Daily Kos poll suggests Union movement no match for TEA Party
By request, I took a look at this poll by PPP for Daily Kos and SEIU. Markos Moulitsas himself is hyping the poll as showing an enthusiasm gap, which of course was one big indicator of the electoral wipeout we saw in 2010. I think that he’s right, to a degree. However I read the figures as having two conclusions: First, the TEA party effect | Read More »
, Barack Obama
, Daily Kos
, Markos Moulitsas
, public policy polling
, tea party
Raese takes a lead in West Virginia
I was going nuts watching West Virginia get almost no polling, even as Rasmussen Reports repeatedly showed the race close. Well I need not pull my hair out any longer, as Public Policy Polling hit the race. And once again, the theory of a Rasmussen “House Effect” for Republicans is called into question.
On Missouri and the rejection of the PPACA
From Unlikely Voter: When I heard yesterday that Missouri passed an initiative attacking the PPACA in state, and declaring that Missouri’s citizens are exempt from portions of it, I thought it would be interesting to compare that Proposition C’s results with polling on the issue in state. So let’s check.
Unpacking the California Senate polling
From Unlikely Voter: I’ve seen a few Republicans express serious doubts about Carly Fiorina after the latest California Senate poll from Public Policy Polling, but I think close inspection of that poll should give one pause before putting too much weight on its results. Besides, the other new poll, from the Public Policy Institute of California, deep down is as bad for Barbara Boxer as | Read More »
Rubio battles back
For a while the polling of the Florida Senate race had many people thinking that Charlie Crist, newly minted Independent, was running away with it. I disagreed and assumed his bump in the polls was driven by heavy coverage of his party switch and of his oil spill inspections. Rasmussen’s latest just might bear that out as Marco Rubio takes a fresh lead.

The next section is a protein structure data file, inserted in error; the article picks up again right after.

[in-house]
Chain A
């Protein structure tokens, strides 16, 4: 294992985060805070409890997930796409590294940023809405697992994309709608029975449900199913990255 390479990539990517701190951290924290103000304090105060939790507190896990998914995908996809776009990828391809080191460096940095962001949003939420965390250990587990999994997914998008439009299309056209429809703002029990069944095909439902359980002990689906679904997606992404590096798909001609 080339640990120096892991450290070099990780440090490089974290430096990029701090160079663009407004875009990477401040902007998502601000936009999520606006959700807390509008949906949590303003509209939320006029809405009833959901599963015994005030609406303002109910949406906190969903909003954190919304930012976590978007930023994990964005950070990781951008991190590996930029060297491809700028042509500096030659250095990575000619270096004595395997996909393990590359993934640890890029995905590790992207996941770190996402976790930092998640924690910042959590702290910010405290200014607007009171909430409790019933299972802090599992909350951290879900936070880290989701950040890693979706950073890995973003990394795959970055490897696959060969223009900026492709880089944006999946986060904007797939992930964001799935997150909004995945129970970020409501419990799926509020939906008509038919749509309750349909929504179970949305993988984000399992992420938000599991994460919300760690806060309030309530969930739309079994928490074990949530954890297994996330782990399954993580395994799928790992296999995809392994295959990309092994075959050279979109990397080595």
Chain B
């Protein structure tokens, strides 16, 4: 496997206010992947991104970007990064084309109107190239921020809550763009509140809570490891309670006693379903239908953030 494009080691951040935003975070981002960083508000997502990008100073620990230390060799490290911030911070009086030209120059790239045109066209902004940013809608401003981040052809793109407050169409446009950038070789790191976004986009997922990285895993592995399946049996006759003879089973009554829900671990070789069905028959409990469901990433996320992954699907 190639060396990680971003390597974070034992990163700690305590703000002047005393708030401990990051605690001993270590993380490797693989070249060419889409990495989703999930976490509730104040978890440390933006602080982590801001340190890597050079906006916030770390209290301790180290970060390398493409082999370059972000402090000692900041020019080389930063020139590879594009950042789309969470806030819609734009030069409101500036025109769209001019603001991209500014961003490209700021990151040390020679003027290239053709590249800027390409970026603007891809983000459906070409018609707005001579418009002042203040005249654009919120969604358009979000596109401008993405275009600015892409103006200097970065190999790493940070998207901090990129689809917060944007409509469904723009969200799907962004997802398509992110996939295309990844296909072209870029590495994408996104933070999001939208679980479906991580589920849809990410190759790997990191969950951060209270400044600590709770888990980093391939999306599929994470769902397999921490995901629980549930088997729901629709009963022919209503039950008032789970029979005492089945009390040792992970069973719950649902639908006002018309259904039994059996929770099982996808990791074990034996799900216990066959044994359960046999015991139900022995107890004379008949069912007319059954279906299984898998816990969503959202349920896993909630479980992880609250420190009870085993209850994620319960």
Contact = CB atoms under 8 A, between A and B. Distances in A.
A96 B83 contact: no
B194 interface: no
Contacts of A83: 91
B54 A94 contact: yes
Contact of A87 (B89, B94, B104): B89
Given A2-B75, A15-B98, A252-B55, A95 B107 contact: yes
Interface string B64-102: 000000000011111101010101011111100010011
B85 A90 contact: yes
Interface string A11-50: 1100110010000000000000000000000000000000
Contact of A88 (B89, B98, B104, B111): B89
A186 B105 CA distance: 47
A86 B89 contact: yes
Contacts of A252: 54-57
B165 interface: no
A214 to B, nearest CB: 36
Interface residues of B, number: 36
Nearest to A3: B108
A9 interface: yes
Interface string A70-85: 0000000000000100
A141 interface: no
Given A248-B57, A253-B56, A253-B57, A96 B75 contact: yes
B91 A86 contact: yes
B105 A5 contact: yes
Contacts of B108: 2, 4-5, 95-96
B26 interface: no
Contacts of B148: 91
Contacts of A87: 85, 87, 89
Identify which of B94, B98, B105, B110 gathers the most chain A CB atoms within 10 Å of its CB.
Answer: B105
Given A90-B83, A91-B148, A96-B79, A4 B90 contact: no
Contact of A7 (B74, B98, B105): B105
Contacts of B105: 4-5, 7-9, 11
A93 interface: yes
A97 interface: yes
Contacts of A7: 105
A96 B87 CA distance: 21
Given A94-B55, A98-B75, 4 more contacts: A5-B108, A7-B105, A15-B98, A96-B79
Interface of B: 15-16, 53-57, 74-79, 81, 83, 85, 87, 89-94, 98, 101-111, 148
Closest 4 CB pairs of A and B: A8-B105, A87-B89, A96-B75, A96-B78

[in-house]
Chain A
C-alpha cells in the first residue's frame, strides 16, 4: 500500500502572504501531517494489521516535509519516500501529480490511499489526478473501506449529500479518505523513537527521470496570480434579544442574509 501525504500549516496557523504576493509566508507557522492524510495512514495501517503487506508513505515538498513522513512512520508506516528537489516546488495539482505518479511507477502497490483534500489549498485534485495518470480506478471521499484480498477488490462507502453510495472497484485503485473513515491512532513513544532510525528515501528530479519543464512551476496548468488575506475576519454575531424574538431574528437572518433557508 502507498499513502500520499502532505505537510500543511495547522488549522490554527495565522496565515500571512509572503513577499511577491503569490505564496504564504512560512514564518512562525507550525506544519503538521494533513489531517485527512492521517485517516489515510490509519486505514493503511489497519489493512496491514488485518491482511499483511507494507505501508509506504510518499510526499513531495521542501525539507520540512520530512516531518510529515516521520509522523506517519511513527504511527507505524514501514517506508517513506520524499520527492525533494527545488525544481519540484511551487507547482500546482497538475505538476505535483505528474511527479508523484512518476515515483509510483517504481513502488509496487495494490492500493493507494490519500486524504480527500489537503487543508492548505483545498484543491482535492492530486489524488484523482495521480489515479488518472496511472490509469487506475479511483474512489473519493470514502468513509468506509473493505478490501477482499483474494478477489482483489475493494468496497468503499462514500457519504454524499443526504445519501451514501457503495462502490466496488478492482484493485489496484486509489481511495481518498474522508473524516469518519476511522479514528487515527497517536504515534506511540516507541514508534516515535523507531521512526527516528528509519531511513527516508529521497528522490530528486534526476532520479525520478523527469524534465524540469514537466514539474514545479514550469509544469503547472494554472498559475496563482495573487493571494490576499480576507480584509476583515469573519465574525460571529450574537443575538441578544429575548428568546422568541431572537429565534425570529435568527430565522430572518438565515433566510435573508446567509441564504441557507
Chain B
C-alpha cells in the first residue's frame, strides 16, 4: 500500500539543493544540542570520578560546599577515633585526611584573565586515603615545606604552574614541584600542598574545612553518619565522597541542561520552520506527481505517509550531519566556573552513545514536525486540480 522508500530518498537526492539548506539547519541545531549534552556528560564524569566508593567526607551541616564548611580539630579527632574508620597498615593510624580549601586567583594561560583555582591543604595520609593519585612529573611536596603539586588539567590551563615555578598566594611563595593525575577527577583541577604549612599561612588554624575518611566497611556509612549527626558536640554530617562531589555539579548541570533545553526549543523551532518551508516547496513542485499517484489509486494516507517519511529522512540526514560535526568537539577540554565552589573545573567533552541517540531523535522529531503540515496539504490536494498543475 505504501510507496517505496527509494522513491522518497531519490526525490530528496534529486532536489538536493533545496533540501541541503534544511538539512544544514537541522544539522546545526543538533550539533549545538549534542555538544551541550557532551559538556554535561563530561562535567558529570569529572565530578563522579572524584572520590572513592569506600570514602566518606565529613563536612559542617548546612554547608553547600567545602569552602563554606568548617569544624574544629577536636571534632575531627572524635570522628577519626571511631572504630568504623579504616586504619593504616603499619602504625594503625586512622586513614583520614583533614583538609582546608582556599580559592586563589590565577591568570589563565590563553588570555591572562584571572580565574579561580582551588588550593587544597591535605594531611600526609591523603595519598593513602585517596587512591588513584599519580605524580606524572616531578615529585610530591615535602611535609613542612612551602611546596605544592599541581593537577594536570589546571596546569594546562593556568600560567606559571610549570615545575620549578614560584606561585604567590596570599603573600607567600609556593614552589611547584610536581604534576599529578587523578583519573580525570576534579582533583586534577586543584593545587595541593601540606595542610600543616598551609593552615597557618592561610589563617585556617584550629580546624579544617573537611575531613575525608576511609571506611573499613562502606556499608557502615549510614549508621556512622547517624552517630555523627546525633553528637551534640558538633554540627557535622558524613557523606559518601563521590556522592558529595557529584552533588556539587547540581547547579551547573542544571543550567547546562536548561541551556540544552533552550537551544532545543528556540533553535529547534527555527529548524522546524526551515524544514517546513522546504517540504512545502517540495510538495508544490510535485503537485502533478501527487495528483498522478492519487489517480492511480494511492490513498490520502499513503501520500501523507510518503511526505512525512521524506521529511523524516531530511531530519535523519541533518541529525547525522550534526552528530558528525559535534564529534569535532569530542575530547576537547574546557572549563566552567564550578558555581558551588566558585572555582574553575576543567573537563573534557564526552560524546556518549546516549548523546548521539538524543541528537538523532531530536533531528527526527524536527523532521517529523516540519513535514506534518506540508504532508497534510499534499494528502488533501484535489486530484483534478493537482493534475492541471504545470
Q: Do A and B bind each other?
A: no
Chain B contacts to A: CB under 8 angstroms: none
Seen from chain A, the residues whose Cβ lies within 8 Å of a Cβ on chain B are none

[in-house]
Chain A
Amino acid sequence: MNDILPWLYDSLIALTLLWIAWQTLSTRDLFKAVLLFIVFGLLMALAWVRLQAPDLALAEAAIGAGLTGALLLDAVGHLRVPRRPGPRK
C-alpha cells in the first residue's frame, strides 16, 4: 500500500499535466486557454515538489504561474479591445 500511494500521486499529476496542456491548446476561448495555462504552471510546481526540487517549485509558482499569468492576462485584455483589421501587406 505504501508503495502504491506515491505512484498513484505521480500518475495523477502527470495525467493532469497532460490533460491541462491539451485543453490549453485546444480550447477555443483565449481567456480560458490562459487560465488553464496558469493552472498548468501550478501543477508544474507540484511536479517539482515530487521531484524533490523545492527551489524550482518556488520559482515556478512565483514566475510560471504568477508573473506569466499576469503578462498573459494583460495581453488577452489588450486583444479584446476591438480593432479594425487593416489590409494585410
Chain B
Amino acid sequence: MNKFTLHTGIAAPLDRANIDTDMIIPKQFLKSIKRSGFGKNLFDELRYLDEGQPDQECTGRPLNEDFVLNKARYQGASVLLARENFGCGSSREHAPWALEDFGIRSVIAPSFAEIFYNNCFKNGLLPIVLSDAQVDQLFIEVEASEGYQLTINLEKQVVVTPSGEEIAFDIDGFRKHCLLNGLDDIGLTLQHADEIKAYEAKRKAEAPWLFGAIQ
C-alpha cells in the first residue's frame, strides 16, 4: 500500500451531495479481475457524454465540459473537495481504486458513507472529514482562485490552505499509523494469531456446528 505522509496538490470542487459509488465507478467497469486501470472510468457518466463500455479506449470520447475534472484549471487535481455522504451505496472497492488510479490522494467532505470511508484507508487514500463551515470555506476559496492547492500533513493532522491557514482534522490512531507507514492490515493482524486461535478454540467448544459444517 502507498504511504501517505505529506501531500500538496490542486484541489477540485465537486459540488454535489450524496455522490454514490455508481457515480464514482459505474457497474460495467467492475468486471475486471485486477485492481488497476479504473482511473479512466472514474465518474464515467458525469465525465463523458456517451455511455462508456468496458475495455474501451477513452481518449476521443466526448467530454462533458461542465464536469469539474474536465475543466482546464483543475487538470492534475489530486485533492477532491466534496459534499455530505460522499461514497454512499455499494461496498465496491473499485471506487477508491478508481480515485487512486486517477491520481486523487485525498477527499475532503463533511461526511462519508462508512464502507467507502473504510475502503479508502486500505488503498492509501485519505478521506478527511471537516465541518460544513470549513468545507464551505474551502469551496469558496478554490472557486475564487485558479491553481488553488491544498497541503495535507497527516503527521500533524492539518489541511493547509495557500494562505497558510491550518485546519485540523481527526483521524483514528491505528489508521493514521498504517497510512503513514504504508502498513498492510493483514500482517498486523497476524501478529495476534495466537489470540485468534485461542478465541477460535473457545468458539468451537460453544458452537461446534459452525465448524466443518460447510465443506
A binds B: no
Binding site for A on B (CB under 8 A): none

Fisher leads Portman despite Ohio rejecting the PPACA
We have two new polls to look at on the Ohio Senate race, one from Quinnipiac University and the other from Public Policy Polling. The results are very similar, so I think it’s pretty safe to say that for the moment, Lee Fisher leads Rob Portman, though by a hair.
Wal-mart Moms: This year’s catch phrase?
Wal-Mart decided to do its own generic ballot poll, so it’s no surprise that the cutesy demographic group that’s coming out of it is ‘Wal-Mart Moms.” But if they’re real, they’re real, right? So who are they?
Neck and Neck in New Mexico
Via Real Clear Politics we now turn to this Magellan Strategies poll of the New Mexico Governor’s race. New Mexico is a swingy state, capable of going with either party for Senate, Governor, or President, that swung sharply against Republicans in recent years. But right now the race for Governor is nearly even.
A surprise turn in Wisconsin
Good afternoon, wherever you may be. My apologies for getting today’s poll goodness out late, especially since it’s one I wanted to post yesterday anyway. But it turns out that, per Rasmussen, the Wisconsin Senate may yet be a race after all, despite the fact that many of us probably tuned it out once Tommy Thompson declined to run.
Boxer showing rare vulnerability for a California Democrat
I always hesitate to analyze the California Senate polling because I have strong feelings about it. I live here. I was engaged in the primary. But this is key to determining how big of a wave, if any, Republicans see in the Senate, so I must try. I’ve given enough time for both parties to settle down after the primaries, so here’s Rasmussen’s latest. Boxer | Read More »
Could None of These win in Illinois?
Elections in Nevada give the voter the choice to vote for “None of These” candidates listed. Every poll I see of the Illinois Senate race suggests to me that if Illinois put that option on the ballot, None of These would win. The next bit of evidence for the pile: PPP’s latest poll of the race.
Challenger crosses 50 in South Dakota House Race
South Dakota has only one House seat, so its House elections are full-fledged statewide affairs, and so we get a rare House poll to look at, from Rasmussen Reports.